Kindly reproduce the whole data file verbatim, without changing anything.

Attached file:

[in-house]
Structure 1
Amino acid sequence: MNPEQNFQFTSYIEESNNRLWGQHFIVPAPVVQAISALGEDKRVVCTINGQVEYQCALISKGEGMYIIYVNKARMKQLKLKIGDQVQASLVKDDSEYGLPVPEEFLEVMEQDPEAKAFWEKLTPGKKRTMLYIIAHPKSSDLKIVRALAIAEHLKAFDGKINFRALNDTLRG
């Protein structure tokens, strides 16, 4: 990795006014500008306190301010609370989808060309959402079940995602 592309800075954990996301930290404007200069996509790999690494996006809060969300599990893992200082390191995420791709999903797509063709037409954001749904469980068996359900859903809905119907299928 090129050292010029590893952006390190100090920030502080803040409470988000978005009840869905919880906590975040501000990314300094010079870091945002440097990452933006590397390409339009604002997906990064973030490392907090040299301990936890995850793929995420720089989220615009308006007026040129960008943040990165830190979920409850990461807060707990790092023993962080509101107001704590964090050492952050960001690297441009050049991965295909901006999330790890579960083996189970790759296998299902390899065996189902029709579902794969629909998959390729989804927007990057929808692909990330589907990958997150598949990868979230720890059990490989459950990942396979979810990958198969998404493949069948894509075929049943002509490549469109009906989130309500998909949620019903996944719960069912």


[in-house]
Structure 1
Amino acid sequence: MNPEQNFQFTSYIEESNNRLWGQHFIVPAPVVQAISALGEDKRVVCTINGQVEYQCALISKGEGMYIIYVNKARMKQLKLKIGDQVQASLVKDDSEYGLPVPEEFLEVMEQDPEAKAFWEKLTPGKKRTMLYIIAHPKSSDLKIVRALAIAEHLKAFDGKINFRALNDTLRG
């Protein structure tokens, strides 16, 4: 990795006014500008306190301010609370989808060309959402079940995602 592309800075954990996301930290404007200069996509790999690494996006809060969300599990893992200082390191995420791709999903797509063709037409954001749904469980068996359900859903809905119907299928 090129050292010029590893952006390190100090920030502080803040409470988000978005009840869905919880906590975040501000990314300094010079870091945002440097990452933006590397390409339009604002997906990064973030490392907090040299301990936890995850793929995420720089989220615009308006007026040129960008943040990165830190979920409850990461807060707990790092023993962080509101107001704590964090050492952050960001690297441009050049991965295909901006999330790890579960083996189970790759296998299902390899065996189902029709579902794969629909998959390729989804927007990057929808692909990330589907990958997150598949990868979230720890059990490989459950990942396979979810990958198969998404493949069948894509075929049943002509490549469109009906989130309500998909949620019903996944719960069912």